Different types of clouds are symptomatic of different environmental conditions. Clouds are given names based on their shapes, altitudes, and whether or not they are able to produce precipitation. The system used for naming clouds was created by a British chemist and amateur meteorologist named Luke Howard in 1802. He wasn't the first person to try to come up with a way of categorizing and identifying clouds, but his system was simple enough that it is still in use today. He defined a few cloud types, gave them Latin names, and treated the naming of clouds similar to the Linnean taxonomy system used to name species. His basic cloud names were "nimbus," "cumulus," "stratus," and "cirrus," and combined with other Latin prefixes as needed to create more precise names. The ability to identify cloud types is a helpful tool for predicting the weather and detecting the approach of incoming fronts.
Clouds Under 2000 Meters
The first group of clouds consists of cumulus, stratus, stratocumulus and cumulonimbus clouds. Though many people don't think of it as a cloud, fog is also included in this group. These are low-level clouds, which means that their bases are at altitudes under 2000 m. The name cumulus describes a fluffy, piled appearance. These clouds are the cottony clouds that appear during fair weather. Stratus describes a broad, sheetlike appearance-- the kind of clouds seen on an overcast day. They can look white or gray, and may even obscure the sun. Nimbus clouds are clouds that produce precipitation. Stratocumulus combines the characteristics of stratus and cumulus clouds-- they make the sky appear overcast, but are puffy rather than uniform in appearance. Cumulonimbus clouds are piled-up clouds that create precipitation. They appear when the weather is warm and humid, and can produce thunder, lighning, rain, tornadoes, hailstorms, and other severe weather. Nimbostratus clouds are smooth, uniform clouds that produce rain, freezing rain, or snow. Fog is simply a cloud that sits right at ground level.
Clouds Between 2000-4000 Meters
The second group of clouds consists of nimbostratus, altostratus and altocumulus clouds are mid-level clouds. These are mid-level clouds, which means that their bases sit at altitudes between 2000-4000 m. The prefix "alto" denotes that these are mid-level clouds. Altostratus clouds are mid-level stratus clouds. They are uniform, and can give the sky a grayish or bluish-gray cast. They may not obscure the sun, and instead give the sky a "frosted glass" appearance. Altocumulus clouds are mid-level cumulus clouds. Because of their altitude, they can appear as ripples or waves instead of cottonlike puffs like they do below 4000 m. Oftentimes, these clouds appear with weather fronts and may indicate that rain is on the way.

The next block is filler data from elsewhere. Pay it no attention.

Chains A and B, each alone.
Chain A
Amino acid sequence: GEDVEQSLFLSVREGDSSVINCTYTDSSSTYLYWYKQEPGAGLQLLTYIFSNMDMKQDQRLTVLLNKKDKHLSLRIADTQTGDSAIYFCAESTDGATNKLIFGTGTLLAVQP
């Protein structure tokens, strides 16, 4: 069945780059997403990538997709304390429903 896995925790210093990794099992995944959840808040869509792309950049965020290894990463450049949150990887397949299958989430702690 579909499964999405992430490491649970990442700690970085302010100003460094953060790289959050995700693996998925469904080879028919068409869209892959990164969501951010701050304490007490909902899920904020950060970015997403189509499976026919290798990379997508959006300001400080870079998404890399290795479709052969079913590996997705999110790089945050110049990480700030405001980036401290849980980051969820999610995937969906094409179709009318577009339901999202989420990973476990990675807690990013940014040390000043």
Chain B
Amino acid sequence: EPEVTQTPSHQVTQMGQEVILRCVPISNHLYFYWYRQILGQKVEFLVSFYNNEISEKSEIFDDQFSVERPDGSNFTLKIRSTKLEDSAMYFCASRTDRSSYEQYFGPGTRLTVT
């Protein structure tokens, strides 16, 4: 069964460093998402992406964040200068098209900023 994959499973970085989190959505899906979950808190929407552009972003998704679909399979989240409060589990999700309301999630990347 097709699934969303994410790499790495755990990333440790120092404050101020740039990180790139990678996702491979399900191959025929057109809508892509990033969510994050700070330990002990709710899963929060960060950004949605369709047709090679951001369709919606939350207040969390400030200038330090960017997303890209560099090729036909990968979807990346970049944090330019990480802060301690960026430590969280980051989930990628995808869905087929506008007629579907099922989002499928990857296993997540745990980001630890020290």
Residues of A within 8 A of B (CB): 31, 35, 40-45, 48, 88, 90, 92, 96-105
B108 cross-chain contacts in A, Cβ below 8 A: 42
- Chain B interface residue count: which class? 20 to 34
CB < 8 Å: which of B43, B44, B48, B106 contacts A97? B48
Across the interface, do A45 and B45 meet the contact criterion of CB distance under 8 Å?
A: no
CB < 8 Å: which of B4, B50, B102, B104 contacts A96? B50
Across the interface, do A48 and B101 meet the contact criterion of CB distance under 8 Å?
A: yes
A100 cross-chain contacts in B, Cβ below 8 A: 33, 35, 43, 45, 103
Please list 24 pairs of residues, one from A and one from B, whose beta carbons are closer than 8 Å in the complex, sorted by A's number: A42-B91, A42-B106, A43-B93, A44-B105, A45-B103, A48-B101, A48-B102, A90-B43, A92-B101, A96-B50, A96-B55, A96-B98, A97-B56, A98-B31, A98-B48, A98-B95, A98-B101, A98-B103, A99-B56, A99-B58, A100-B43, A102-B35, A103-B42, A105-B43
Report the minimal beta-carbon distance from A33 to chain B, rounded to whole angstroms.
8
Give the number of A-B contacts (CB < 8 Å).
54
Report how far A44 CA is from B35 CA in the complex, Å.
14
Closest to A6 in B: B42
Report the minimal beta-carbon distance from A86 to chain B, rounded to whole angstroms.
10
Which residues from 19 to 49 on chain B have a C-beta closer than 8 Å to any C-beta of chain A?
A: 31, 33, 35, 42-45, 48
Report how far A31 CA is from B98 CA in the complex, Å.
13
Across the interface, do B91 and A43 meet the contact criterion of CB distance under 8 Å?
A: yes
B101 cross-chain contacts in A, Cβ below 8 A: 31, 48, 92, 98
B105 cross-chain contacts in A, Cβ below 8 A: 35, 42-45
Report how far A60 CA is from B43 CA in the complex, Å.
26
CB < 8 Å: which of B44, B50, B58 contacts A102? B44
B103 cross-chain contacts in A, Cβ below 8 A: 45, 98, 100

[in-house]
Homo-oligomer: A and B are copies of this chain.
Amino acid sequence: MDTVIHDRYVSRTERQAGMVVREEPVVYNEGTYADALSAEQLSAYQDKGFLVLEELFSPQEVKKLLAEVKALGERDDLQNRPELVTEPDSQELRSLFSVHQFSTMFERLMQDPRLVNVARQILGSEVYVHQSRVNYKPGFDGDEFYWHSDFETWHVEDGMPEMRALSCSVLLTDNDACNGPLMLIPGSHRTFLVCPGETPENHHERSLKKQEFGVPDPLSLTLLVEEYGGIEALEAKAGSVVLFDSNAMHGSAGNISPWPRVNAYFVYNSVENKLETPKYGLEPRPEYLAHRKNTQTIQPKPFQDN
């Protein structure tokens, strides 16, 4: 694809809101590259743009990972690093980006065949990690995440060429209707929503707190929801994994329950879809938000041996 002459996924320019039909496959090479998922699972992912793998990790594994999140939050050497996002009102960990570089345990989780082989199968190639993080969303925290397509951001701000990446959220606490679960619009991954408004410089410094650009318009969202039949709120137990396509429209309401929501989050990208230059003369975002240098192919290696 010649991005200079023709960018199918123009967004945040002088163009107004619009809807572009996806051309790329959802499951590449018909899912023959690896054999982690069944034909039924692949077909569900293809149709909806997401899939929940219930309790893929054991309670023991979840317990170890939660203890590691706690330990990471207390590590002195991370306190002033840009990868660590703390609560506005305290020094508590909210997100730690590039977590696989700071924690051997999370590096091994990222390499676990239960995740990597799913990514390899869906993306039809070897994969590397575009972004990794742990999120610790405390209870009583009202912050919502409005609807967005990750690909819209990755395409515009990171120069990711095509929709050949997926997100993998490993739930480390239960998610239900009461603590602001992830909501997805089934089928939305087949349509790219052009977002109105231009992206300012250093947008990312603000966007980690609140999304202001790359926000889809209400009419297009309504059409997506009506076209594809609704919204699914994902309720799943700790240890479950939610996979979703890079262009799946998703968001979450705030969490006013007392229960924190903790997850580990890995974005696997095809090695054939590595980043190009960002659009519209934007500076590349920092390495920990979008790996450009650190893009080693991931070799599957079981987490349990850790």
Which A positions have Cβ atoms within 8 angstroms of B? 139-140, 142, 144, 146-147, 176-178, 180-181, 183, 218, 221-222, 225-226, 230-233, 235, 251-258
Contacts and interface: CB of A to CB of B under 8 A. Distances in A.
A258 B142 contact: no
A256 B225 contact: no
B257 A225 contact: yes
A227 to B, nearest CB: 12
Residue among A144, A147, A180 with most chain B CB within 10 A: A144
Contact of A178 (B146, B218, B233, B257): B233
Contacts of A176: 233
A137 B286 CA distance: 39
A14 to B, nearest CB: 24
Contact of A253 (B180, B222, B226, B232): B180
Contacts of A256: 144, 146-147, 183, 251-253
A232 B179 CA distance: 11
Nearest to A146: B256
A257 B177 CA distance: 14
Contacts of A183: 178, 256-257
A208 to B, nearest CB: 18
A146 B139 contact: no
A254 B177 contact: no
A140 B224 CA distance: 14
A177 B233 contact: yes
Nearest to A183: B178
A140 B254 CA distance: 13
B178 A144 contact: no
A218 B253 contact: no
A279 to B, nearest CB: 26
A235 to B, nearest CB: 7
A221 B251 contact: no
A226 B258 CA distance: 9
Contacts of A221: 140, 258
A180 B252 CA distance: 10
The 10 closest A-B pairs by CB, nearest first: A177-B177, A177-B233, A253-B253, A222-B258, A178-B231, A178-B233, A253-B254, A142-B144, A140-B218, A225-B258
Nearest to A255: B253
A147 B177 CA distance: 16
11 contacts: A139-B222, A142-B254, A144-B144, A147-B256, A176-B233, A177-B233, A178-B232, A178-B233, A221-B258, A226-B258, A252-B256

Clouds Over 6000 Meters
The third group of clouds consists of cirrus, cirrocumulus, and cirrostratus clouds, as well as the streaky contrails left by jets. These are high-level clouds, which means that their bases sit at altitudes over 6000 m. These clouds are denoted by the prefix "cirro-", and have a uniquely fuzzy, indistinct appearance due to being primarily composed of ice crystals. Cirrus clouds look like curls of hair. They are thin, wispy, white clouds with patches of sky visible through them. Cirrostratus clouds are high, uniform stratus clouds. These clouds can create halos around the sun or moon due to the way their ice crystals refract light. Cirrocumulus clouds are high-level cumulus clouds. These clouds often have a wavy, patchy, or herringbone pattern. Even though contrails aren't a natural phenomenon, they're still a type of cloud. When water vapor leaves a plane's exhaust at a high elevation, it can combine with water vapor and ice crystals in the atmosphere, freeze into more ice crystals, and form long, streaky clouds. Contrails can be used to tell some things about the weather when they were formed. If the air is too dry, no contrails will form. If there's a little moisture, contrails may form and quickly evaporate. Humid air can result in contrails that expand into long, puffy trails and last for a long time after the plane has passed.
Sometimes, more than one type of cloud may appear in the sky at a time. These may be the same type of cloud at different levels, like the appearance of stratus and cirrostratus clouds. They may also be different types of clouds that signal the edge of a front. Stratus and stratocumulus clouds can make it difficult to determine if there are clouds present at other altitudes-- since they obscure so much of the sky at a low level, it is nearly impossible to spot mid- or high-level clouds without specialized instruments.
Identifying types of clouds isn't the only way to determine at what altitude clouds are. The presence or absence of precipitation is a helpful indicator. Only low-level clouds generally produce precipitation, with precipitation becoming more rare the higher clouds are. The opacity of stratus clouds changes with altitude, as well. Lower-level clouds tend to be more opaque than higher-level clouds, which is why stratus clouds may obscure the sun while cirrostratus clouds produce colorful halos and a frosted glass appearance. Lastly, the altitude of certain types of clouds can be estimated by their size. The larger a cumulus cloud is, the closer it is to the ground.
By: Kim Morrisseau